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Roxy Parramatta








Inter-War Spanish Mission


stucco, terracotta


A beautiful old Theater originally built in 1930. It became a cinema and is now a night club.
  The Roxy Theatre is set back from the street behind an open air, arcade-lined forecourt.
Special thanks to 
One of the changes that makes our lives in the 20th century so different from earlier generations is the way we spend our leisure time. "Moving pictures" were first introduced to NSW in the 1910s. By the 1930s cinemas were found across Sydney suburbs and cinema-going had become a part of modern life.
The Roxy Theatre in Parramatta is a striking example of the "Picture Palaces" that were built between the wars. Both films and cinemas in this period were deliberately escapist and were strongly influenced by the United States. The decoration and fittings of these lavish cinemas provided an opulence and grandeur that was affordable for everyone.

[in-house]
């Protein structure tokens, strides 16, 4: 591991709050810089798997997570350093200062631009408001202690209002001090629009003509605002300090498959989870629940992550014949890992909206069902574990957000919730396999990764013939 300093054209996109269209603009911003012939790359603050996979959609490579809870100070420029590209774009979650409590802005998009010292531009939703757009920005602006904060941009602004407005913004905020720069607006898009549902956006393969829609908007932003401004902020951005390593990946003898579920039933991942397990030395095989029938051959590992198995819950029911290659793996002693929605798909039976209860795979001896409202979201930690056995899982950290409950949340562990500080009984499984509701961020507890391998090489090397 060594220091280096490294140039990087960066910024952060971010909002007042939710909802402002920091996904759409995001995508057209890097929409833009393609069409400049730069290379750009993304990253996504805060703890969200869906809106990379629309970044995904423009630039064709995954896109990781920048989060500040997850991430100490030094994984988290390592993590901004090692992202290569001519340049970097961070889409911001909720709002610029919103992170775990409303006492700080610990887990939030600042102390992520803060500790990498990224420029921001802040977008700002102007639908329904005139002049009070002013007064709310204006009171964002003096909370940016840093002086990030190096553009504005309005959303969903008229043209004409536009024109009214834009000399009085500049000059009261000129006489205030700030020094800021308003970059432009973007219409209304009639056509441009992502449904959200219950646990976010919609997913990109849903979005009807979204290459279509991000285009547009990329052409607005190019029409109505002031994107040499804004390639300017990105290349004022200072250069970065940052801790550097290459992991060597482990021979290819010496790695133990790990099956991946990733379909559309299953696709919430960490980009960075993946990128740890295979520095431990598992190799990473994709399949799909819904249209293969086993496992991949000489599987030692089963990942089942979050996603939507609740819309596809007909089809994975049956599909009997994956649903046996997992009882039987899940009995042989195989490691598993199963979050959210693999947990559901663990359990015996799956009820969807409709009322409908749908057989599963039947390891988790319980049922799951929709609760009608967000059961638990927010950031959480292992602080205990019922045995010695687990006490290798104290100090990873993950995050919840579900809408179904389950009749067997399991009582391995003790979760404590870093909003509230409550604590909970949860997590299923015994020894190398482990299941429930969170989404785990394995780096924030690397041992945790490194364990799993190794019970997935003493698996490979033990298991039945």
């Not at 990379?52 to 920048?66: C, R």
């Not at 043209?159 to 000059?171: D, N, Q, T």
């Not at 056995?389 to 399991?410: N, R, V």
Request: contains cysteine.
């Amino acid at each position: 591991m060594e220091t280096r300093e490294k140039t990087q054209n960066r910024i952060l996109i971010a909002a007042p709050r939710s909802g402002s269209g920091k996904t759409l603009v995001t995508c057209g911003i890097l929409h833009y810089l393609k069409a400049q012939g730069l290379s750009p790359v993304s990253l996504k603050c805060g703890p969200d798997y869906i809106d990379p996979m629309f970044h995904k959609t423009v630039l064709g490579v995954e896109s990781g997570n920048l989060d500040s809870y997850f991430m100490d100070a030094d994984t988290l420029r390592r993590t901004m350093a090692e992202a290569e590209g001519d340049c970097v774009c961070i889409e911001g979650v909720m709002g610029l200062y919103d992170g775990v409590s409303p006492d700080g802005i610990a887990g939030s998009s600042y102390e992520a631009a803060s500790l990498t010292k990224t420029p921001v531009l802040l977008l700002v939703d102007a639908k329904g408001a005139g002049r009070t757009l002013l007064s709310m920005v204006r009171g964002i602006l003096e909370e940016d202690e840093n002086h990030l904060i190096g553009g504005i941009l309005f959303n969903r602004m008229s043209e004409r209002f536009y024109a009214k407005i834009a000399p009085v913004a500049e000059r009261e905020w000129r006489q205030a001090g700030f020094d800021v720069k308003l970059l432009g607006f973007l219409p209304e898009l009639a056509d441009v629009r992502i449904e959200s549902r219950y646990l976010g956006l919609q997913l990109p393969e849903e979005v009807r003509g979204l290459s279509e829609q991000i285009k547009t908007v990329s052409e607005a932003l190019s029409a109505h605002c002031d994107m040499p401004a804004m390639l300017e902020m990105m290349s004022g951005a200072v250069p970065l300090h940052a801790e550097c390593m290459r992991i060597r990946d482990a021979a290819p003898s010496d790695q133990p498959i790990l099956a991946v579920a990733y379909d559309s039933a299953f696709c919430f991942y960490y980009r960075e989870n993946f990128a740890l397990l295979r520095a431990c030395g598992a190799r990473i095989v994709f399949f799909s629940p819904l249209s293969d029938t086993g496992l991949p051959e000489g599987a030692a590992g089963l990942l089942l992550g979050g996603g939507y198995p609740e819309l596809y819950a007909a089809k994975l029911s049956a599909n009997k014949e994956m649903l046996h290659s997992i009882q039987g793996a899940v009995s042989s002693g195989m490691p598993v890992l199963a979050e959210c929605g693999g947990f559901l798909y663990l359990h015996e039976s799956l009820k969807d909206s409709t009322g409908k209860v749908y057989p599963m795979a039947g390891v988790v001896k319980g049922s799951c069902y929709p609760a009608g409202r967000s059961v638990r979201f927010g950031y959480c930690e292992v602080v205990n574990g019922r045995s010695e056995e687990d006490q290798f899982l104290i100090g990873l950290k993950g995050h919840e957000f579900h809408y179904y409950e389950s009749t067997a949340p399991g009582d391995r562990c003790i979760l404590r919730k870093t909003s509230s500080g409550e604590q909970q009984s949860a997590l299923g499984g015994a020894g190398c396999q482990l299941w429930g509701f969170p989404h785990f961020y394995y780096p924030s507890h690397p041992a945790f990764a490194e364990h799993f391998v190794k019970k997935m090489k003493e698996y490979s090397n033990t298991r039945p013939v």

The Spanish Mission style theatre is richly decorated and retains much of the original layout including stuccoed walls, arches, false balconies, a "Spanish" style ceiling of panelled and painted timber and a central dome in the main auditorium.

The theatre was the first in a proposed chain of suburban theatres managed by Roxy Theatres Ltd. It opened on 6 February 1930 with "a packed audience and an interested crowd of several thousands in the street opposite the brilliantly-illuminated entrance". Originally it had 1,923 seats and though it was opened with the Talkies it had a Christie theatre organ which was reputedly one of the largest and finest in the state.

The cinema remained unaltered until the 1970s when Hoyts added three more cinemas. In 1988 the forecourt was refurbished with new shops installed in the arcaded wings. The Roxy Theatre is listed on Parramatta's Local Environmental Plan, the National Trust Register and the Register of the National Estate.